During this period of extreme austerity, law firms continue to look for opportunities to cut costs, create efficiencies, and make their efforts more effective. Because there are elements of marketing that are not part of the legal nomenclature, they are not a consideration in this adjustment. One such area of strategic marketing is “Marketing Communications.” Lawyers know about advertising, rainmaking, and social media, but the notion of marketing communications remains a mystery.
A fundamental understanding of this term and process can be beneficial to all lawyers and their firms. If nothing else, it will make you aware of additional marketing possibilities. Why not use all the tools available to you?
As usual the best place to start is with a definition. Simply, “marketing communication strategically combines the appropriate communication tactics that can inform the client about your products, identify their benefits, persuade the client to purchase, and provides a means for actually making that purchase.”
It has a formal planning process that starts with objectives.
Marketing communication has four sequential objectives:  make the target market aware of your organization, i.e., recall and awareness  educate the target market about your organization, i.e., information and attitude change  persuade the target market to engage in the requested activity, i.e., trial and purchase, and  encourage the target market to stay engaged with your organization, i.e., repurchase. These objectives are sequential, which means you should get attention, educate and persuade, before you can expect a prospect to hire you.
Here’s an example of a marketing communication objective for a law firm:
“ Increase the awareness of our firm, with our client base for family law, by 20%, via our website, by 12-31-10.”
Once you have selected your objectives, you can determine how to achieve them. You have options.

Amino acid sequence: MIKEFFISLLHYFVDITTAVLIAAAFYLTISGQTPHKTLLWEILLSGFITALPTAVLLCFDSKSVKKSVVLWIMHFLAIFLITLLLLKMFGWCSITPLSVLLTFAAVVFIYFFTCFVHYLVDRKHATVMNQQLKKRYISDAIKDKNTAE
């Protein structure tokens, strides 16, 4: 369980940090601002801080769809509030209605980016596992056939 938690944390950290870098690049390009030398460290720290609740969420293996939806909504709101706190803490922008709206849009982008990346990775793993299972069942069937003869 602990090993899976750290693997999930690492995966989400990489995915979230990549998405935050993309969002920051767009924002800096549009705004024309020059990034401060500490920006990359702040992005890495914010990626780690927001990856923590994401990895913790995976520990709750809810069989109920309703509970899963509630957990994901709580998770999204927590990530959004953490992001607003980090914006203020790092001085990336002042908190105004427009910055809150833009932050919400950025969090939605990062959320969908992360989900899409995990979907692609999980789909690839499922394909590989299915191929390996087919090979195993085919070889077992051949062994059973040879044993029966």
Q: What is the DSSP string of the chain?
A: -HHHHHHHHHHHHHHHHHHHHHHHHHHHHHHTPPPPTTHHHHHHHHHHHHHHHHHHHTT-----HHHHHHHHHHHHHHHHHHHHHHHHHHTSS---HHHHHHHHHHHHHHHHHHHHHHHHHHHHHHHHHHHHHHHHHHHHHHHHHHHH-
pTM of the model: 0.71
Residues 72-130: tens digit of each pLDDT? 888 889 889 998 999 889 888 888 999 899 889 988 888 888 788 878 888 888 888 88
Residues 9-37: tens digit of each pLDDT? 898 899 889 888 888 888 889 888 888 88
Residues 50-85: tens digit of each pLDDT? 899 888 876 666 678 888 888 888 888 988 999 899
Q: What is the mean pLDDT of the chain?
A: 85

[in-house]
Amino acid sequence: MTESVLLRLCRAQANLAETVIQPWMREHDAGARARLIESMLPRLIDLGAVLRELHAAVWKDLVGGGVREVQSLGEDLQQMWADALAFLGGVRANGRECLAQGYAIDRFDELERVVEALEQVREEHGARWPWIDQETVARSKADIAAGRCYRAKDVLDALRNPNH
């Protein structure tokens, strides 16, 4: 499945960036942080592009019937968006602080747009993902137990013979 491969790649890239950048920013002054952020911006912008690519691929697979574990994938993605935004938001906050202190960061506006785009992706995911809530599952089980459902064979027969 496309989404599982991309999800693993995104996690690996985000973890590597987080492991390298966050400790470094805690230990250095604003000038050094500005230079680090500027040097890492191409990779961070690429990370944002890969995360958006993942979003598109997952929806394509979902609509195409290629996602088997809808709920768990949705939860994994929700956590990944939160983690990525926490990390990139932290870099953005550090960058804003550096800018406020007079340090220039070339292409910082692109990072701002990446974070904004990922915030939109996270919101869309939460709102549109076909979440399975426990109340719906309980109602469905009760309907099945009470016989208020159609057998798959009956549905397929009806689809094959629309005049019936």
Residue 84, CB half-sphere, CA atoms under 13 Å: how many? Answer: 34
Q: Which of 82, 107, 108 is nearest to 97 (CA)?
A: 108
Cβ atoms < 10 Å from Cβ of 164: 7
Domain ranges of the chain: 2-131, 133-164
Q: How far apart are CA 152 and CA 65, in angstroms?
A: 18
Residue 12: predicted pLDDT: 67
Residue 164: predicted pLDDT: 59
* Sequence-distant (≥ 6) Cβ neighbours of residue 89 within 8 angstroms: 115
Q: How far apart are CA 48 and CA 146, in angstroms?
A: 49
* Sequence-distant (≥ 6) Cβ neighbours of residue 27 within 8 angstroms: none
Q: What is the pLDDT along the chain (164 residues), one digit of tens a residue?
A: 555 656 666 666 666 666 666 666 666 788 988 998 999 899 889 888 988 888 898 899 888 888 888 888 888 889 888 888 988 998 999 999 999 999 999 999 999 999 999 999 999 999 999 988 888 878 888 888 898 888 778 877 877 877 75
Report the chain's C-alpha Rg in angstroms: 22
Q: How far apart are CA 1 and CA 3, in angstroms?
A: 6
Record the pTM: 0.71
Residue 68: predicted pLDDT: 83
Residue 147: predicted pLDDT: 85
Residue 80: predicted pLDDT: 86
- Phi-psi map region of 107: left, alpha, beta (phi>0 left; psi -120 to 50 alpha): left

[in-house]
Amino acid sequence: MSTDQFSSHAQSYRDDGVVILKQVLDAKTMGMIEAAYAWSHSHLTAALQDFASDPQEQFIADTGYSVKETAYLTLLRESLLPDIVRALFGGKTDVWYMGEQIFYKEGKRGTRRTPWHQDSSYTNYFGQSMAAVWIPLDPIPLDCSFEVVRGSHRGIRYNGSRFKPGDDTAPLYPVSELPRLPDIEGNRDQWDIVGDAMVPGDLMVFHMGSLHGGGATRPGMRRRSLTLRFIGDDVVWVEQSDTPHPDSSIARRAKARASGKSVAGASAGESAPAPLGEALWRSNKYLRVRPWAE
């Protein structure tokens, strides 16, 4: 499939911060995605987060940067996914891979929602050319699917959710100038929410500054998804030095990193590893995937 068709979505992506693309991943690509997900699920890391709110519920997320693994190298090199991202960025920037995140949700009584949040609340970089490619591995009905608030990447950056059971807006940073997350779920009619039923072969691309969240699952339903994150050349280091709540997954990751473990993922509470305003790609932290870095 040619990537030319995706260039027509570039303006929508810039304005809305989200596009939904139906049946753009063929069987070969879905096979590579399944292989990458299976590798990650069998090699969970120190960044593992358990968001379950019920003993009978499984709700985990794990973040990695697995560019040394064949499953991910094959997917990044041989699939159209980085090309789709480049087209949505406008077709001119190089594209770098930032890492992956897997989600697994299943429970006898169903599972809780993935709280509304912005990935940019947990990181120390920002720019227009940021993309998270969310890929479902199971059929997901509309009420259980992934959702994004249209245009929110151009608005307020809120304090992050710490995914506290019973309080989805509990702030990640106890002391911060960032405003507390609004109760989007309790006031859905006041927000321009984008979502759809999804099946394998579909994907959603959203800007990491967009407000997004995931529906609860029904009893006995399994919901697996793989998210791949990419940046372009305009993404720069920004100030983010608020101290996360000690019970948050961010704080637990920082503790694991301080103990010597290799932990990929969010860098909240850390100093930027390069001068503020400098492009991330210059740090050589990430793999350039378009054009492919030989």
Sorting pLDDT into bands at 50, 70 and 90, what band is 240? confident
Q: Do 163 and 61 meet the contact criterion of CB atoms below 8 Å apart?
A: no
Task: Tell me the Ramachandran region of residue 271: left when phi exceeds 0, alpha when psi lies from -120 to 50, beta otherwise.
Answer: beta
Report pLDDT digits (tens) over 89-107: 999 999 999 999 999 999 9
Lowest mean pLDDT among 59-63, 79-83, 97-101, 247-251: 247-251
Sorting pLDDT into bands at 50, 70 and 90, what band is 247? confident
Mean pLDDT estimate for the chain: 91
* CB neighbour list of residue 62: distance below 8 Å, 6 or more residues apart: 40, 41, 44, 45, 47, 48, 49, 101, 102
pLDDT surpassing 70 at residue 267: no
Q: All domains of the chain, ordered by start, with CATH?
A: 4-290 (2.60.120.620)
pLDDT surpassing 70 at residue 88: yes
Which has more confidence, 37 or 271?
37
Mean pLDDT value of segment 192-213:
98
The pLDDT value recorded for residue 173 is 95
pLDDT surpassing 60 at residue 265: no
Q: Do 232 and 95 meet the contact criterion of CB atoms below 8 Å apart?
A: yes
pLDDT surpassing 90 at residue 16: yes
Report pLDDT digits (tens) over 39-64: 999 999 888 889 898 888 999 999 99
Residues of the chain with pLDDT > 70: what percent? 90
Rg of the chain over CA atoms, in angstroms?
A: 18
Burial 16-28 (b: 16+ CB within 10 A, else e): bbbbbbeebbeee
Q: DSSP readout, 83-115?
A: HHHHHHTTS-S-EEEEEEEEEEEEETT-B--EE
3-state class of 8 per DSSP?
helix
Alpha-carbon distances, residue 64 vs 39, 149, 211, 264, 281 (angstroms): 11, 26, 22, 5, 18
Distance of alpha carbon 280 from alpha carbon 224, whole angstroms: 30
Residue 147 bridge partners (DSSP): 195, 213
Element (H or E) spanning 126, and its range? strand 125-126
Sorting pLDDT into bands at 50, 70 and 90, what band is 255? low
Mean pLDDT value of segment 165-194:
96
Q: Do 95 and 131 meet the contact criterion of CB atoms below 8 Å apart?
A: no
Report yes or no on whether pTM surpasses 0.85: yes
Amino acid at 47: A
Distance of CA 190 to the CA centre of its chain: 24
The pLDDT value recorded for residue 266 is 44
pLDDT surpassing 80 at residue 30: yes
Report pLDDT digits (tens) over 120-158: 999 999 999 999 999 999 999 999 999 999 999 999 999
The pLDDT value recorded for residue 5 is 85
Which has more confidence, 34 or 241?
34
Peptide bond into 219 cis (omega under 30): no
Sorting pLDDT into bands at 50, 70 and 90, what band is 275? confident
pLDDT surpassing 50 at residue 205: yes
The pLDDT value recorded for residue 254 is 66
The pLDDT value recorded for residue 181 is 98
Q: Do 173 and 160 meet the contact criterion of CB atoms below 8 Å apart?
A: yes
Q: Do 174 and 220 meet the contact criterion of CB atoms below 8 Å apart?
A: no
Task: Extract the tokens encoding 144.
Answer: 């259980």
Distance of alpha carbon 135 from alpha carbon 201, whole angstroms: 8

Marketing communications consists of two related tasks: (1) create messages that achieve your objectives, and (2) select the most effective delivery venues.
Here a few general recommendations you might follow in creating a viable marketing message for your firm:
- Create a story that will resonate with your various target audiences. Why do you exist? Why should they hire your firm? Avoid bragging about your credentials.
- Focus on product attributes, both intangible and tangible. Are you successful? Ethical? A good value?
- Develop a brand strategy. For law firms, consistent success and positive word-of-mouth are more important than an elaborate branding strategy. Avoid investing in all the ancillary elements of a brand, e.g., design, logo, tagline —you can’t afford them.
- Employ a tone of delivery that combines logic, empathy, and accountability.
- People mostly want to know how you help people and organizaions that have legal problems. Provide evidence.
- Make sure every form of marketing communication [deliverd by your people and media] is consistent.
The message and media strategies must be put in context. There are five primary marketing communication tools available to every law firm:  Personal Selling,  Advertising  Public Realtions,  Sales Promotion, and  Direct Marketing. Each tool is more or less effective depending on the objective. Here are how they fit.
Personal Selling a.k.a. Rainmaking [face-to-face communications with sales as the goal] Suggestions:
- this is the most effective communication tool and there should be a strong emphasis on strategic personal selling throughout your firm.
- all partners, associates and employees are expected to engage in soft selling techniques that employ the common message discussed earlier and are comfortable to the individual doing the selling [in-house training could be helpful]
- a FAQ document should be provided to all individuals expected to sell and buy
- a 10-15 slide power point presentation should be made available to all members of the law firm
Advertising [communicating through mass media to get attention and reinforce] Suggestions: